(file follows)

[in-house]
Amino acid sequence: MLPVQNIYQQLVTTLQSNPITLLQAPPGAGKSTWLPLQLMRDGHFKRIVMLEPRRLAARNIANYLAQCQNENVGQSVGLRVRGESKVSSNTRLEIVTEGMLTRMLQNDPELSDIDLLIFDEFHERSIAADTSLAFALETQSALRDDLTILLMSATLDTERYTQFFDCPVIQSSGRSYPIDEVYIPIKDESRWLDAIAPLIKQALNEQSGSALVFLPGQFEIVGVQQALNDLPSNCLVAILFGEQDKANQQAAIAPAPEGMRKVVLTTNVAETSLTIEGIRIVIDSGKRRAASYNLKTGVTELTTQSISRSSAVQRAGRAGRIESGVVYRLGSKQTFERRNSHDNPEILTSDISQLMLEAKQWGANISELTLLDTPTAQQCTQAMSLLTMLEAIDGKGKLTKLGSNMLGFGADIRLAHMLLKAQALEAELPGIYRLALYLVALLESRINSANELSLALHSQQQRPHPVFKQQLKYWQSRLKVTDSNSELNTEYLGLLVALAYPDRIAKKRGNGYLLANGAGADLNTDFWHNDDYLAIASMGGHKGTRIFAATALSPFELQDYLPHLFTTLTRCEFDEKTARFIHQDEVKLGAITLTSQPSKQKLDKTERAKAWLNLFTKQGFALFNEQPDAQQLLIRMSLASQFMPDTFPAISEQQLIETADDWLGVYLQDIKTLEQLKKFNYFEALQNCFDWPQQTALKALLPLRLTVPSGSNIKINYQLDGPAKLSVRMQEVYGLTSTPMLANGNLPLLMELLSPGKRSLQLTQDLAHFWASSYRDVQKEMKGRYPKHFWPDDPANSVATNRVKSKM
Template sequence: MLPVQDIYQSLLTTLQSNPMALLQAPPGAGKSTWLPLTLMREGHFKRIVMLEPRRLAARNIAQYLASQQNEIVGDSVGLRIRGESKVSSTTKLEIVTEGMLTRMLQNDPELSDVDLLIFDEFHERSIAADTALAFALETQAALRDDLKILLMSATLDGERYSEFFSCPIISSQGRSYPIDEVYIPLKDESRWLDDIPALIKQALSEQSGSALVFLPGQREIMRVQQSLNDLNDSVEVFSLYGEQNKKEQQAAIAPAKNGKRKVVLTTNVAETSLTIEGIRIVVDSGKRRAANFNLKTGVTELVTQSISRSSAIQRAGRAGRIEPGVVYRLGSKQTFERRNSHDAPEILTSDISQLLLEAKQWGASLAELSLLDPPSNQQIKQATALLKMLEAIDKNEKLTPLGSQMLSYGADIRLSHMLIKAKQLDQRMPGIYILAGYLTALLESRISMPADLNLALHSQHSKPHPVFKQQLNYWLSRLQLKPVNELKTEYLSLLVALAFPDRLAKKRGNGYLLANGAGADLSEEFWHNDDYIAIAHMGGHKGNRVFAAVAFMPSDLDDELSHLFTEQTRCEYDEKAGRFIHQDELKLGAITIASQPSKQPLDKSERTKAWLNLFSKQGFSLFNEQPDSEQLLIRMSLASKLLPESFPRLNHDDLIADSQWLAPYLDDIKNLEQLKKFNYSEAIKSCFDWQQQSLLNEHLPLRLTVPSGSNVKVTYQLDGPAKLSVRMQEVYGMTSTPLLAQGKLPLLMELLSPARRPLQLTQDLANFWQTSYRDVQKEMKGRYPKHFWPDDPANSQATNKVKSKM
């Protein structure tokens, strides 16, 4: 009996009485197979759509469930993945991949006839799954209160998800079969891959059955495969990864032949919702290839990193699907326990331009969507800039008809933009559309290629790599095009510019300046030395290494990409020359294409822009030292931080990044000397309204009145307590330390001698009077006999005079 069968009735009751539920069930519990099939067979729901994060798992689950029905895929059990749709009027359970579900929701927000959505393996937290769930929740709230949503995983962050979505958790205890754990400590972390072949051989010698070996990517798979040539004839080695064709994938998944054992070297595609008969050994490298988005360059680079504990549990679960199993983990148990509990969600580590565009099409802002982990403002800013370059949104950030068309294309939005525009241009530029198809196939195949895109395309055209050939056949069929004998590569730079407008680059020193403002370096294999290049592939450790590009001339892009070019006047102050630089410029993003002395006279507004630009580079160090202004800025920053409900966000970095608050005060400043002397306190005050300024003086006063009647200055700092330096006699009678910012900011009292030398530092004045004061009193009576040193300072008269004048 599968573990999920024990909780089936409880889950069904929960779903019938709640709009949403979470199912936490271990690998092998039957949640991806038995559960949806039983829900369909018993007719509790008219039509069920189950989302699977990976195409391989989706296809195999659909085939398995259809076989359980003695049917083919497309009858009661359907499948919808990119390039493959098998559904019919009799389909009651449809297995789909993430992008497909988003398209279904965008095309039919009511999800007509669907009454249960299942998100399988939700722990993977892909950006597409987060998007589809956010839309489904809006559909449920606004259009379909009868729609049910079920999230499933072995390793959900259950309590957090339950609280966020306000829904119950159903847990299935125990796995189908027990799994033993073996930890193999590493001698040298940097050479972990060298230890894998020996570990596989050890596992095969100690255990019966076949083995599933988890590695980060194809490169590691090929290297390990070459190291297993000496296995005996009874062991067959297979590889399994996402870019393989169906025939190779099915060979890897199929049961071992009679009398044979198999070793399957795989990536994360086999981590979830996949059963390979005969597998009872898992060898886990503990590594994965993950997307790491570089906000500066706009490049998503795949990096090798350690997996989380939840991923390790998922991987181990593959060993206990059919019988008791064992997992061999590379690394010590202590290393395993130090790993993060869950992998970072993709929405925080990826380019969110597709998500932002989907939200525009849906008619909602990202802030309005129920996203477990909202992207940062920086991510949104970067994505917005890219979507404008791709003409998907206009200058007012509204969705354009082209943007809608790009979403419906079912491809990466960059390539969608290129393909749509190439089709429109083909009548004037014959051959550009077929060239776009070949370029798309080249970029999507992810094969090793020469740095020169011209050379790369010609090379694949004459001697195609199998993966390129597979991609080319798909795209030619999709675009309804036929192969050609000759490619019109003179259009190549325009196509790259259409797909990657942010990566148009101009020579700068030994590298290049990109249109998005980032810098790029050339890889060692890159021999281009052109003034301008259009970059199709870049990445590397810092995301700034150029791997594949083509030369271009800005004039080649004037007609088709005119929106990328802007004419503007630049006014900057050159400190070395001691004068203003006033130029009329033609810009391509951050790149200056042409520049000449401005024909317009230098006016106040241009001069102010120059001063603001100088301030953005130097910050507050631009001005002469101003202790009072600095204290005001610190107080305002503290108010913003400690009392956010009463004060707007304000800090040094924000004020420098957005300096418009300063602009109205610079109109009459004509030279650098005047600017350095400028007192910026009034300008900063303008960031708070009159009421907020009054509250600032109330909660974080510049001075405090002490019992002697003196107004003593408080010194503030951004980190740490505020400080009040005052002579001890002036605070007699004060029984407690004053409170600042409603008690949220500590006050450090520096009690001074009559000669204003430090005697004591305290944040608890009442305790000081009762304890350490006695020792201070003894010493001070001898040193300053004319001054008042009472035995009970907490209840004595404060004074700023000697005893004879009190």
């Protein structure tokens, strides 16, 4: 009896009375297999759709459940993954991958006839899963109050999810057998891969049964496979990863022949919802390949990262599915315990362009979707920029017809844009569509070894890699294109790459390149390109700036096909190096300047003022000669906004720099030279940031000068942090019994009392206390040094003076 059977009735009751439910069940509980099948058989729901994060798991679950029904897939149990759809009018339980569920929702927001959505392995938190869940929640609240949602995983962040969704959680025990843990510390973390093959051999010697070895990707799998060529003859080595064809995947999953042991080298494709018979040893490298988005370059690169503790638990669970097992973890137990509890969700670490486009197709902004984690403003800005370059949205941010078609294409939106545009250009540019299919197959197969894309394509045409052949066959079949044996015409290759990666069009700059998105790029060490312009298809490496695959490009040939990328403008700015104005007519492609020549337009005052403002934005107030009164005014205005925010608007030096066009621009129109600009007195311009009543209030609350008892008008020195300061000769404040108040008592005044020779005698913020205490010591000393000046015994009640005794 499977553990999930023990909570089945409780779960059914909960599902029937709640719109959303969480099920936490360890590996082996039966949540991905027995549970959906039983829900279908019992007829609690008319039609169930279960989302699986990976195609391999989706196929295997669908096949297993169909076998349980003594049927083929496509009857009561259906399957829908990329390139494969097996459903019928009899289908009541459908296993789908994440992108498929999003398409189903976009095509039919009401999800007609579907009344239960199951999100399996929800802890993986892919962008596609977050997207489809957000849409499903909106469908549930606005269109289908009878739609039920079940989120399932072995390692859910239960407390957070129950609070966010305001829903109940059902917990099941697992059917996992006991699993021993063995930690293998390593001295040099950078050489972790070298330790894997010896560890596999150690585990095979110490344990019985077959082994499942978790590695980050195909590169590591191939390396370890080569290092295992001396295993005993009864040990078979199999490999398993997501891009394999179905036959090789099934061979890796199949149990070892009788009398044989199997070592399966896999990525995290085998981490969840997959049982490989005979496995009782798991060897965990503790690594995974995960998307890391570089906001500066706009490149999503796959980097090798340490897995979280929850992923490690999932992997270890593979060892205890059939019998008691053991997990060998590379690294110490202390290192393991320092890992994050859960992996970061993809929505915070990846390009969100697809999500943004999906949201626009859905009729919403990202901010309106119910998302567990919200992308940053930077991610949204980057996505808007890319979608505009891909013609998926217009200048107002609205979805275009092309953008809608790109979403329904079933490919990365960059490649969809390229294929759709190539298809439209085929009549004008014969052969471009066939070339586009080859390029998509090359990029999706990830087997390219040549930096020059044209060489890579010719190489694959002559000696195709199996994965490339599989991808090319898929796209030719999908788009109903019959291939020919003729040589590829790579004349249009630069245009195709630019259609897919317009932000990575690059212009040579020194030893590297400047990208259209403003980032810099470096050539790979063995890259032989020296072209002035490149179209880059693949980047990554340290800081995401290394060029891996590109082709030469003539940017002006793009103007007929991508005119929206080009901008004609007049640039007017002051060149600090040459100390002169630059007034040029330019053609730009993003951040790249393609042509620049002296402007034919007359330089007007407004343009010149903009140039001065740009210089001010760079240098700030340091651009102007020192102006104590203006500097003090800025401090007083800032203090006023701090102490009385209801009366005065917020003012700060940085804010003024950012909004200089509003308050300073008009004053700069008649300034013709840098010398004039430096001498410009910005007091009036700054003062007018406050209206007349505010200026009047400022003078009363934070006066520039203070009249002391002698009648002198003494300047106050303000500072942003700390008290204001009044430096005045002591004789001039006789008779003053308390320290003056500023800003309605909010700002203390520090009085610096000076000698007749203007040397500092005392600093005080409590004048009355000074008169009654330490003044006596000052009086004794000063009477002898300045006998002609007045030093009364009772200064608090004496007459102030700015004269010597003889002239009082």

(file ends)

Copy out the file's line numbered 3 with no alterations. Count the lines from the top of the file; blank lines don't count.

Template sequence: MLPVQDIYQSLLTTLQSNPMALLQAPPGAGKSTWLPLTLMREGHFKRIVMLEPRRLAARNIAQYLASQQNEIVGDSVGLRIRGESKVSSTTKLEIVTEGMLTRMLQNDPELSDVDLLIFDEFHERSIAADTALAFALETQAALRDDLKILLMSATLDGERYSEFFSCPIISSQGRSYPIDEVYIPLKDESRWLDDIPALIKQALSEQSGSALVFLPGQREIMRVQQSLNDLNDSVEVFSLYGEQNKKEQQAAIAPAKNGKRKVVLTTNVAETSLTIEGIRIVVDSGKRRAANFNLKTGVTELVTQSISRSSAIQRAGRAGRIEPGVVYRLGSKQTFERRNSHDAPEILTSDISQLLLEAKQWGASLAELSLLDPPSNQQIKQATALLKMLEAIDKNEKLTPLGSQMLSYGADIRLSHMLIKAKQLDQRMPGIYILAGYLTALLESRISMPADLNLALHSQHSKPHPVFKQQLNYWLSRLQLKPVNELKTEYLSLLVALAFPDRLAKKRGNGYLLANGAGADLSEEFWHNDDYIAIAHMGGHKGNRVFAAVAFMPSDLDDELSHLFTEQTRCEYDEKAGRFIHQDELKLGAITIASQPSKQPLDKSERTKAWLNLFSKQGFSLFNEQPDSEQLLIRMSLASKLLPESFPRLNHDDLIADSQWLAPYLDDIKNLEQLKKFNYSEAIKSCFDWQQQSLLNEHLPLRLTVPSGSNVKVTYQLDGPAKLSVRMQEVYGMTSTPLLAQGKLPLLMELLSPARRPLQLTQDLANFWQTSYRDVQKEMKGRYPKHFWPDDPANSQATNKVKSKM